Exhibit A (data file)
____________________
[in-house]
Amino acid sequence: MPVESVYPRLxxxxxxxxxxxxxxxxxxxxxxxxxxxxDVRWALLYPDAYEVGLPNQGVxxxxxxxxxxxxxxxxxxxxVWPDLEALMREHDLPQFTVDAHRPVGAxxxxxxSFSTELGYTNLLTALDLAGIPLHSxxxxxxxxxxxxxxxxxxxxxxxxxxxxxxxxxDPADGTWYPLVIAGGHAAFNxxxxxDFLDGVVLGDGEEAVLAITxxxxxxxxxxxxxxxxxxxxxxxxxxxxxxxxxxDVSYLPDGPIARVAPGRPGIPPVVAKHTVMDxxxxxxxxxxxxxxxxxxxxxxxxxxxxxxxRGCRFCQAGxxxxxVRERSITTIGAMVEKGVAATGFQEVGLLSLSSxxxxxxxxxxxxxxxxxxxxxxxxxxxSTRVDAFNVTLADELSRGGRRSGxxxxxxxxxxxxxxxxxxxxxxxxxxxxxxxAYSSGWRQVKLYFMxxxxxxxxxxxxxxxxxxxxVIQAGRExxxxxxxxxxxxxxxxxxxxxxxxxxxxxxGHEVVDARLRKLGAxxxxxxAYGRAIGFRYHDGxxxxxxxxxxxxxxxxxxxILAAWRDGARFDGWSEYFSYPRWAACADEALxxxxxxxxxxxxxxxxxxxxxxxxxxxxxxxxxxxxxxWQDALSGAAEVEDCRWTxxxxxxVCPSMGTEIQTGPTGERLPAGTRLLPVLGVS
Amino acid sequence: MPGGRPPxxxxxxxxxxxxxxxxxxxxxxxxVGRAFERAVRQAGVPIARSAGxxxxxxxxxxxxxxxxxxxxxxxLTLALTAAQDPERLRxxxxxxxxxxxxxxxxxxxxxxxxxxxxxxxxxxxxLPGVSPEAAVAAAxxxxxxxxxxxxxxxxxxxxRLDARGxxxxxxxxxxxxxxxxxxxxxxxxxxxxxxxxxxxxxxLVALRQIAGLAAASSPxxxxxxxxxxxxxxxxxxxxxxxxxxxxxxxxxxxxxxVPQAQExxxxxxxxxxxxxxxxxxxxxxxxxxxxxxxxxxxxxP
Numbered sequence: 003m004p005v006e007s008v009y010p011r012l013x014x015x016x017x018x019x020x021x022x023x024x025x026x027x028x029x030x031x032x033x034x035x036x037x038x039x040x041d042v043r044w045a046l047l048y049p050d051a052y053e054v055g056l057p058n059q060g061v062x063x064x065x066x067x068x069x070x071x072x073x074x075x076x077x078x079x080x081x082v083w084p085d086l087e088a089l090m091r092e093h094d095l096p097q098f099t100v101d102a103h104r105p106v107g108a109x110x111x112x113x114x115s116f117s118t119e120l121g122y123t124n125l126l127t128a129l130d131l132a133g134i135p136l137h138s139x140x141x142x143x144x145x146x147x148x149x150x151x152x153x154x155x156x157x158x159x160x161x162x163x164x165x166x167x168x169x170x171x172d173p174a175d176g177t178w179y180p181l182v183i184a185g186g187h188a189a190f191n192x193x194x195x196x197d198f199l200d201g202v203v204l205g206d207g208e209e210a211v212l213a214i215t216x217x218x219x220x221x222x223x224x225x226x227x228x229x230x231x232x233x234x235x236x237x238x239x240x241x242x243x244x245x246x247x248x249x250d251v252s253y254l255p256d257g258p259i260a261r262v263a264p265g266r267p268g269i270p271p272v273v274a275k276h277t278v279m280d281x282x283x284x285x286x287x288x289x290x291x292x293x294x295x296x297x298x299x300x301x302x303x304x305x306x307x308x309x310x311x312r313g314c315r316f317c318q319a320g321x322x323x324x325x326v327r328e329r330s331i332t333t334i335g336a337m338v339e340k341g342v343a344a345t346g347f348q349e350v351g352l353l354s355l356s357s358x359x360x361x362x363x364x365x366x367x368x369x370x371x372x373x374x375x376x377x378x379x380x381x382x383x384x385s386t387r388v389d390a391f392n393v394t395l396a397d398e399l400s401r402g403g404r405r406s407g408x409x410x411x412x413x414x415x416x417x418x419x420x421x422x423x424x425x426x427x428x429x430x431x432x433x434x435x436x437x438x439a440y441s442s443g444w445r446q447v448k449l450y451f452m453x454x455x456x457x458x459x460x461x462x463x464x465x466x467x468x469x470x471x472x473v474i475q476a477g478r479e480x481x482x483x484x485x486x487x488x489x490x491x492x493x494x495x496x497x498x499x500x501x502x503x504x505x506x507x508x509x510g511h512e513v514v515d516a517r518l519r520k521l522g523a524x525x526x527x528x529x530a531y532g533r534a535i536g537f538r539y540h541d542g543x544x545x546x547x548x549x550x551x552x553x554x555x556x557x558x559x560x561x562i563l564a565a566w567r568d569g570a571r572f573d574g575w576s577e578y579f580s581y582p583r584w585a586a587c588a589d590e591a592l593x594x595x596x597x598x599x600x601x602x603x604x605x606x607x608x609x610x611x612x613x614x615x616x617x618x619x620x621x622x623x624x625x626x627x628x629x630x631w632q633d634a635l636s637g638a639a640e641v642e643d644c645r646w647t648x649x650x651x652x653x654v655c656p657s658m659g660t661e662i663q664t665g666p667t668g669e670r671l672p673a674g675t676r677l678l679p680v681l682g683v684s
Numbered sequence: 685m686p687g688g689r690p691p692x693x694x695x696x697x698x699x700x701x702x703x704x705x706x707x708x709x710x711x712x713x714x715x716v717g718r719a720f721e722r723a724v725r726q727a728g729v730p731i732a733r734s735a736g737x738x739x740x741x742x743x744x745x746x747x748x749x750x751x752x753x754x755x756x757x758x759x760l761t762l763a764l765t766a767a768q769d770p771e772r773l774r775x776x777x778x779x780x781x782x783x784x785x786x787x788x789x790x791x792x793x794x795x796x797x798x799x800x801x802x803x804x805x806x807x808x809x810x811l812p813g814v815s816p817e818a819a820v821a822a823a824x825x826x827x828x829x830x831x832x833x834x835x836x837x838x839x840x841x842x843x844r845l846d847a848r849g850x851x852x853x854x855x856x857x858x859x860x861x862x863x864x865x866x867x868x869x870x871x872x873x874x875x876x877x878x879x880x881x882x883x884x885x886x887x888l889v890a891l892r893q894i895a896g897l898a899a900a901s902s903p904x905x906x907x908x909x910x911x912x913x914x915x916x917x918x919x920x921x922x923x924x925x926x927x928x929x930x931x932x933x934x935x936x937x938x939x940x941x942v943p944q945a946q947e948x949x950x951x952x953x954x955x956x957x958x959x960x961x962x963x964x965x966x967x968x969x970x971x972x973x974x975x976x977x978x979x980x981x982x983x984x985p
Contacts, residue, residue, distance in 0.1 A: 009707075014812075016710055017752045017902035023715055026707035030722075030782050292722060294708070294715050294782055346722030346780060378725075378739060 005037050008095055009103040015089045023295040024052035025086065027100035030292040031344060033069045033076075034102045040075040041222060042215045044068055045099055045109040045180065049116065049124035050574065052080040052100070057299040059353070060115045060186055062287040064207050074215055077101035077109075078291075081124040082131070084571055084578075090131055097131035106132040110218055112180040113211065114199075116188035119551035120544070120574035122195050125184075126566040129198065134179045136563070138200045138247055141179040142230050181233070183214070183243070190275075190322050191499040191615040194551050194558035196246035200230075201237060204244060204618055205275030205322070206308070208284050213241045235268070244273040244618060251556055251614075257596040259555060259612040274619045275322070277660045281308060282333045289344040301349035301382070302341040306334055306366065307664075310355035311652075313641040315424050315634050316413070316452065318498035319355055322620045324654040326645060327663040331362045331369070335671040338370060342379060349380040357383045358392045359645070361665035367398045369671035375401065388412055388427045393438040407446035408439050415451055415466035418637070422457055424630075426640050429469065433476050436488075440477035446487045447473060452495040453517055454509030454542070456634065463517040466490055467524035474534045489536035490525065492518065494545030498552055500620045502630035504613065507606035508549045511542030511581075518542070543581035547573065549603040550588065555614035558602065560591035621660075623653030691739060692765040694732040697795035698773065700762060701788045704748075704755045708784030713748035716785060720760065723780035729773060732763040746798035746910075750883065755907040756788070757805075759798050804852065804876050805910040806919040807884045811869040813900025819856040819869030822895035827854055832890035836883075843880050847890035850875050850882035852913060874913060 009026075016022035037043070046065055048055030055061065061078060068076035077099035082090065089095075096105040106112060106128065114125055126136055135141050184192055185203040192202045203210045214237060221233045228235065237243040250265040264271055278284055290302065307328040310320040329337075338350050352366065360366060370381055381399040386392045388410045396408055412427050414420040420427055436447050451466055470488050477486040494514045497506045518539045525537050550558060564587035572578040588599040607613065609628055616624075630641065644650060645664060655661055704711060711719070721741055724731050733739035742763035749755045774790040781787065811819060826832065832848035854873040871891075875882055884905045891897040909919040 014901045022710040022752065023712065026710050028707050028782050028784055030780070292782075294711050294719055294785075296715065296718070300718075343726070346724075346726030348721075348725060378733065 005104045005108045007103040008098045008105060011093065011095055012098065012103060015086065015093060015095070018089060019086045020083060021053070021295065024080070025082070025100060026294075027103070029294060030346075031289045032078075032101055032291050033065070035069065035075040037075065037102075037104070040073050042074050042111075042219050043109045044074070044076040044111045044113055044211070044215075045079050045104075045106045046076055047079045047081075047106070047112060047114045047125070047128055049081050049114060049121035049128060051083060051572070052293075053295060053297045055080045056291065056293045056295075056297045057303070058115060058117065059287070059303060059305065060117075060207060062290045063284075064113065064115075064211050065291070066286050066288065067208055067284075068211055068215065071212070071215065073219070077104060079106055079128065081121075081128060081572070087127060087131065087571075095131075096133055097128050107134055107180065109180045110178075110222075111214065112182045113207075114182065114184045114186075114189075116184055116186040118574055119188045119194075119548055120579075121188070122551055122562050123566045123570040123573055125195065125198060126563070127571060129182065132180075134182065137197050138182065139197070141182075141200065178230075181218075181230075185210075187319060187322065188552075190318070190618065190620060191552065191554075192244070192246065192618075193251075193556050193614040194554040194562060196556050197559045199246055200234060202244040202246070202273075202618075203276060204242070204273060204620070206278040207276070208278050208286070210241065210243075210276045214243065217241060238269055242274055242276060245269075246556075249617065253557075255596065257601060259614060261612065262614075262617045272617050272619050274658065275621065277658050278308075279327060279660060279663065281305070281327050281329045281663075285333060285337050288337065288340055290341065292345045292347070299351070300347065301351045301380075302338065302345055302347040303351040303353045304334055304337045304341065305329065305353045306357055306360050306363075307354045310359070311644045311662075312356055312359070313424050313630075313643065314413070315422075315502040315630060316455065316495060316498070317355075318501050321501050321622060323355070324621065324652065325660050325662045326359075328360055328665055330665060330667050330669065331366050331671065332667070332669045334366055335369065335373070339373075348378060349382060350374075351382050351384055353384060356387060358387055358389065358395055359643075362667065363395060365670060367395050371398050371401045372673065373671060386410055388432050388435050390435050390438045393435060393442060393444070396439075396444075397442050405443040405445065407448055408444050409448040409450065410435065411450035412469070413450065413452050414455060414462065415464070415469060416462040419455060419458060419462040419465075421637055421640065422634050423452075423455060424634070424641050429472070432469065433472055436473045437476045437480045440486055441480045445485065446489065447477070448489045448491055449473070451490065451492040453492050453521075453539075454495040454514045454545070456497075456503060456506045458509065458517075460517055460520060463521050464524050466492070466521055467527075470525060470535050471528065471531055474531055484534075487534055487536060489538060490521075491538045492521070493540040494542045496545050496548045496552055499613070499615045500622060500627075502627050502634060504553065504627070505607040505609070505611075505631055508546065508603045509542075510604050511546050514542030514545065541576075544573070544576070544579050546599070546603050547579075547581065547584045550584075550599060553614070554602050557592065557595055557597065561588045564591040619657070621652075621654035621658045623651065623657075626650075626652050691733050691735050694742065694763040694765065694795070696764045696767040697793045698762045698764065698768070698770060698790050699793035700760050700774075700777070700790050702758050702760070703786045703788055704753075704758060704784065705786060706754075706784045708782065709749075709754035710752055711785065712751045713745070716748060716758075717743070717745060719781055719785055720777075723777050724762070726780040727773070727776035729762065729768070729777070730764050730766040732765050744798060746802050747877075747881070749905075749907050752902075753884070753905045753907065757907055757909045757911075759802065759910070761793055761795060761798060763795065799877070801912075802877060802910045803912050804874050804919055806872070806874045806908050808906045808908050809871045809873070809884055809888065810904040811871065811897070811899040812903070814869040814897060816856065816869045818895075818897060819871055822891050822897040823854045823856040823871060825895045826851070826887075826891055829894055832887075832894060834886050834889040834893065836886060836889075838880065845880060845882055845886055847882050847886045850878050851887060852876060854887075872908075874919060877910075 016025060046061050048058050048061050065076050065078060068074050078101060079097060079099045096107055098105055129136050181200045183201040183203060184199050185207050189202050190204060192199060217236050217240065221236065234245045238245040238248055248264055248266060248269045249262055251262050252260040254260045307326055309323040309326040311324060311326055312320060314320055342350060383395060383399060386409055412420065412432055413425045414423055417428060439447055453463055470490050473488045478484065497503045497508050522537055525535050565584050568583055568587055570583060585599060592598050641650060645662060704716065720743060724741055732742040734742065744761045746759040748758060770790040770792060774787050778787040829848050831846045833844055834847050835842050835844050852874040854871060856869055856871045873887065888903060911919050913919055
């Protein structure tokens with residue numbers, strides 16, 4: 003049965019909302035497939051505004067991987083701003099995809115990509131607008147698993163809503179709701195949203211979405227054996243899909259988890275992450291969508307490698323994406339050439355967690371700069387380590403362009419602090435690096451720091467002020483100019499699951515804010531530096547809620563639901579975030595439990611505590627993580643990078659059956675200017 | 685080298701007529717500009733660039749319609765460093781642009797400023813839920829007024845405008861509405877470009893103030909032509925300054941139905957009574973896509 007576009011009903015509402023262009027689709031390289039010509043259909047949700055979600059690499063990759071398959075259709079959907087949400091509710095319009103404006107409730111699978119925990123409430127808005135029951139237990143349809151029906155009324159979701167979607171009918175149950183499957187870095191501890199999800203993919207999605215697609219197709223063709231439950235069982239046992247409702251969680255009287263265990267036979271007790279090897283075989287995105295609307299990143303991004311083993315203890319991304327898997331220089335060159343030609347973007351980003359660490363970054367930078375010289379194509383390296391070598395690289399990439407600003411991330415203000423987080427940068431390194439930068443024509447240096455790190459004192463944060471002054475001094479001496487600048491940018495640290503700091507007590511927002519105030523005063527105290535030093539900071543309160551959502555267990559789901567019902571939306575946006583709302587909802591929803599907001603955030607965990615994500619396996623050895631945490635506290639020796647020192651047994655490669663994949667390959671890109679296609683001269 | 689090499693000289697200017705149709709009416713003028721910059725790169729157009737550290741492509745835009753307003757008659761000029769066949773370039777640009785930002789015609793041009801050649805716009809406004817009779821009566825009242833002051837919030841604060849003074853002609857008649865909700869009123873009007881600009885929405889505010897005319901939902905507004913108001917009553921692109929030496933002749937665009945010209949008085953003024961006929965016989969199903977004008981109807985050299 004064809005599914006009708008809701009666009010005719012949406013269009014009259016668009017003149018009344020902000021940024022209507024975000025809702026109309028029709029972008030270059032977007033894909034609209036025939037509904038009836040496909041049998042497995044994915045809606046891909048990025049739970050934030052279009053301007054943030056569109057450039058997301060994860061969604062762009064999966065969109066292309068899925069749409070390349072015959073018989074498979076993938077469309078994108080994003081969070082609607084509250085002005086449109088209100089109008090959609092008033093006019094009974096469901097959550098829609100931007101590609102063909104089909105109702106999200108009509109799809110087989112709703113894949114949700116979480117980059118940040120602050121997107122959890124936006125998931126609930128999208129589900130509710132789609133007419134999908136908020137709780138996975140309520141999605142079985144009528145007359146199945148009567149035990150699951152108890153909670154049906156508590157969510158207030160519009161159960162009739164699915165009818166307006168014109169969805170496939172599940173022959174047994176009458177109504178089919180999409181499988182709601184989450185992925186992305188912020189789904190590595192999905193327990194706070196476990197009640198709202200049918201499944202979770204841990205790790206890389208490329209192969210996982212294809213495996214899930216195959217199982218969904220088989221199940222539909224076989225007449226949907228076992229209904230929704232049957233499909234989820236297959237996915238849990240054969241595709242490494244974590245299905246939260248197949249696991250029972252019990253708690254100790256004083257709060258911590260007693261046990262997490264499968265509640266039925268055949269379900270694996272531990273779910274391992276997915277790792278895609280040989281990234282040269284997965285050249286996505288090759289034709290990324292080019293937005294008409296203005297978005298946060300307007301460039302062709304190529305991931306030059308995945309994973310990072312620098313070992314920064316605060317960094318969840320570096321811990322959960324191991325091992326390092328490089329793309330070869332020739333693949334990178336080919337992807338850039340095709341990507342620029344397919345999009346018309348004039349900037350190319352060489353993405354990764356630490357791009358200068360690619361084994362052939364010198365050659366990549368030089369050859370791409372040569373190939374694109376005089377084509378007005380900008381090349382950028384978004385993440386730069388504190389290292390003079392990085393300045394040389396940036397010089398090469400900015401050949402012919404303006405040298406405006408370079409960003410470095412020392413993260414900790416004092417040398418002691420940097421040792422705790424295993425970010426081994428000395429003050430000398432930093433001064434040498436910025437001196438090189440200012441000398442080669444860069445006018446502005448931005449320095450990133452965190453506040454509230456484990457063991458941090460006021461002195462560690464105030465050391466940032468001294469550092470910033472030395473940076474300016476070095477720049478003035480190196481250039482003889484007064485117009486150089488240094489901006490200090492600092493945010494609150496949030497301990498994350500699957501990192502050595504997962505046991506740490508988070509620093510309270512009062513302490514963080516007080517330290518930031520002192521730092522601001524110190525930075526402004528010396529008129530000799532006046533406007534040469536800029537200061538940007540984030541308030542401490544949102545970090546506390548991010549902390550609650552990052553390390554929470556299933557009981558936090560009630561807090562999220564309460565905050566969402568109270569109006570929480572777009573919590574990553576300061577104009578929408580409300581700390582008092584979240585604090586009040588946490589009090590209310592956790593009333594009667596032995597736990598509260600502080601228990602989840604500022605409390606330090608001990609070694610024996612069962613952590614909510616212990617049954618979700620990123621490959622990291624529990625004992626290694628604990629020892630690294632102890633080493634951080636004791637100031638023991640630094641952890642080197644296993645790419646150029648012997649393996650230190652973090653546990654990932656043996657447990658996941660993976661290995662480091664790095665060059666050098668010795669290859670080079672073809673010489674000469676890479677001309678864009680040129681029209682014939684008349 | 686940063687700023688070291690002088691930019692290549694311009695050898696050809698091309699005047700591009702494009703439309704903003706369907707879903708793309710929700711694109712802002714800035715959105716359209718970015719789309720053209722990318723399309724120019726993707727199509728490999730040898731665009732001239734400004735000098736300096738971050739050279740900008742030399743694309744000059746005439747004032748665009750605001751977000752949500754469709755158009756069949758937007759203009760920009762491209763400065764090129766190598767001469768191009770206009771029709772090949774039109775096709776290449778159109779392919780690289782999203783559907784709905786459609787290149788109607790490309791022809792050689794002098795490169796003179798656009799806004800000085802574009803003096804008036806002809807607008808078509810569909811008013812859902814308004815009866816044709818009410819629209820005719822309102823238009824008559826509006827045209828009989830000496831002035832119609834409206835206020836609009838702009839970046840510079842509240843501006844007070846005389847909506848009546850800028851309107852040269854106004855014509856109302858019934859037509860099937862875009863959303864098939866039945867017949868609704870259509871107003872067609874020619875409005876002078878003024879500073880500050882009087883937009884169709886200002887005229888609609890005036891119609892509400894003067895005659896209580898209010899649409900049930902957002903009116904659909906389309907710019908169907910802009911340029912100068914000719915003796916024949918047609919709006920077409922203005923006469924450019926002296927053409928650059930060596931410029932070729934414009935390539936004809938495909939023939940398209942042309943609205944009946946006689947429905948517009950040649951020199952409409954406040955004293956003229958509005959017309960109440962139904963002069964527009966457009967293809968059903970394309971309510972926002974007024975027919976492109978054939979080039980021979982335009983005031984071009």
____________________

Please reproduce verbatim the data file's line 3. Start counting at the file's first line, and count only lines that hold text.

Amino acid sequence: MPGGRPPxxxxxxxxxxxxxxxxxxxxxxxxVGRAFERAVRQAGVPIARSAGxxxxxxxxxxxxxxxxxxxxxxxLTLALTAAQDPERLRxxxxxxxxxxxxxxxxxxxxxxxxxxxxxxxxxxxxLPGVSPEAAVAAAxxxxxxxxxxxxxxxxxxxxRLDARGxxxxxxxxxxxxxxxxxxxxxxxxxxxxxxxxxxxxxxLVALRQIAGLAAASSPxxxxxxxxxxxxxxxxxxxxxxxxxxxxxxxxxxxxxxVPQAQExxxxxxxxxxxxxxxxxxxxxxxxxxxxxxxxxxxxxP